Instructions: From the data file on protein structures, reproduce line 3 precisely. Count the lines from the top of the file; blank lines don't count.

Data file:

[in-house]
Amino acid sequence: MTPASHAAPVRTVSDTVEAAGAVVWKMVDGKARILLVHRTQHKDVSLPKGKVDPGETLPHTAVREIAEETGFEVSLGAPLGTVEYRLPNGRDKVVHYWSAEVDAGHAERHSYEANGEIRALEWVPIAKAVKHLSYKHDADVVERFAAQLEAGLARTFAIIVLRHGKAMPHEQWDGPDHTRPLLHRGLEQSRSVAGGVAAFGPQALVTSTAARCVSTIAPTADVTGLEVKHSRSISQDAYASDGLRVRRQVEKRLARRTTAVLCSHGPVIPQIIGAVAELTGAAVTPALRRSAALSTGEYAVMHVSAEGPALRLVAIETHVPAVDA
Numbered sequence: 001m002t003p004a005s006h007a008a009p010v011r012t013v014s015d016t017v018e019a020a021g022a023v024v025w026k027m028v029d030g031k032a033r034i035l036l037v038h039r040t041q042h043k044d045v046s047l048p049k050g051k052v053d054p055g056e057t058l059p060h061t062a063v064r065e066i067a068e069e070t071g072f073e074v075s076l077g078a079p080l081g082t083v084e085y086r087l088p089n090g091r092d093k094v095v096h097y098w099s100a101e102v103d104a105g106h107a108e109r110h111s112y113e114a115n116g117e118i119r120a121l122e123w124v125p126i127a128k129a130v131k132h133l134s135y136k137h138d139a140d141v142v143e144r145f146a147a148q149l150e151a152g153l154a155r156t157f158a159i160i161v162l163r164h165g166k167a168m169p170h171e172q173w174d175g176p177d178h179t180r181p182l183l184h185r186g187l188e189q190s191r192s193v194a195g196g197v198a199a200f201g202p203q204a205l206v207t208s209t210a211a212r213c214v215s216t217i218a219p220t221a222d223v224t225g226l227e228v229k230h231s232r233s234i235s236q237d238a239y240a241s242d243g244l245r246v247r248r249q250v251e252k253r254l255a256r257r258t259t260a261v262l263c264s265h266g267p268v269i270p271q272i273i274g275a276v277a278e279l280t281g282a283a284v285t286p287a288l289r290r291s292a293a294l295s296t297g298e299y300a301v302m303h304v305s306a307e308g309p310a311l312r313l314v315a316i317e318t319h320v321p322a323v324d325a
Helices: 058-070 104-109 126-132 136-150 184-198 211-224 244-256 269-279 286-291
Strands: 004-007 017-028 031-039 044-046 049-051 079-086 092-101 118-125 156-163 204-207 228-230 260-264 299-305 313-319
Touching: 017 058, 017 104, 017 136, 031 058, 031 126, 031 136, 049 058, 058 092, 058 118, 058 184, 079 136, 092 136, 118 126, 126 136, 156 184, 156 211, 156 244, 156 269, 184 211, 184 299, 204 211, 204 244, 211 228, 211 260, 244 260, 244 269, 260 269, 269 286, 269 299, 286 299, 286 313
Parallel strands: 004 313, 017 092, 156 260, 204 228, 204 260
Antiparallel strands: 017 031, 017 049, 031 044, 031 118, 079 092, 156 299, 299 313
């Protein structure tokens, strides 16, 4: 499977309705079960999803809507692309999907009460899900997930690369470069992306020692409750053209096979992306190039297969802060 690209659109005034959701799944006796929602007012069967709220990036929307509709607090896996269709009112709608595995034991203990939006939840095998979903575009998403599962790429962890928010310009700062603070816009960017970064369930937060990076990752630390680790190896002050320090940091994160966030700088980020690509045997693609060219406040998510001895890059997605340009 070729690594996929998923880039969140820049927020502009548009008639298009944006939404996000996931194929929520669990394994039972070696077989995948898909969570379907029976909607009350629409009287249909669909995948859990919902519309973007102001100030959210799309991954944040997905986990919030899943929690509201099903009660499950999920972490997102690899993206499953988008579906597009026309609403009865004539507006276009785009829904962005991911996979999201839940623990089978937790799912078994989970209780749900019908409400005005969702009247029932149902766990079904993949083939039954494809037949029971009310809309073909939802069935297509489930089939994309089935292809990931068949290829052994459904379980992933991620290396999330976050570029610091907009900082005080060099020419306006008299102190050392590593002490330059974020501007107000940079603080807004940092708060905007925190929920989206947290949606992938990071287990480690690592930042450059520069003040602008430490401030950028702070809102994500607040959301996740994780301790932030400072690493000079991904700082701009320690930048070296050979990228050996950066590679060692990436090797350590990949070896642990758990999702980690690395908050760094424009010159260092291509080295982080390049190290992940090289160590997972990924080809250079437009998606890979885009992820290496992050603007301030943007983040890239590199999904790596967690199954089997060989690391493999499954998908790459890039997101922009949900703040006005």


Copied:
Numbered sequence: 001m002t003p004a005s006h007a008a009p010v011r012t013v014s015d016t017v018e019a020a021g022a023v024v025w026k027m028v029d030g031k032a033r034i035l036l037v038h039r040t041q042h043k044d045v046s047l048p049k050g051k052v053d054p055g056e057t058l059p060h061t062a063v064r065e066i067a068e069e070t071g072f073e074v075s076l077g078a079p080l081g082t083v084e085y086r087l088p089n090g091r092d093k094v095v096h097y098w099s100a101e102v103d104a105g106h107a108e109r110h111s112y113e114a115n116g117e118i119r120a121l122e123w124v125p126i127a128k129a130v131k132h133l134s135y136k137h138d139a140d141v142v143e144r145f146a147a148q149l150e151a152g153l154a155r156t157f158a159i160i161v162l163r164h165g166k167a168m169p170h171e172q173w174d175g176p177d178h179t180r181p182l183l184h185r186g187l188e189q190s191r192s193v194a195g196g197v198a199a200f201g202p203q204a205l206v207t208s209t210a211a212r213c214v215s216t217i218a219p220t221a222d223v224t225g226l227e228v229k230h231s232r233s234i235s236q237d238a239y240a241s242d243g244l245r246v247r248r249q250v251e252k253r254l255a256r257r258t259t260a261v262l263c264s265h266g267p268v269i270p271q272i273i274g275a276v277a278e279l280t281g282a283a284v285t286p287a288l289r290r291s292a293a294l295s296t297g298e299y300a301v302m303h304v305s306a307e308g309p310a311l312r313l314v315a316i317e318t319h320v321p322a323v324d325a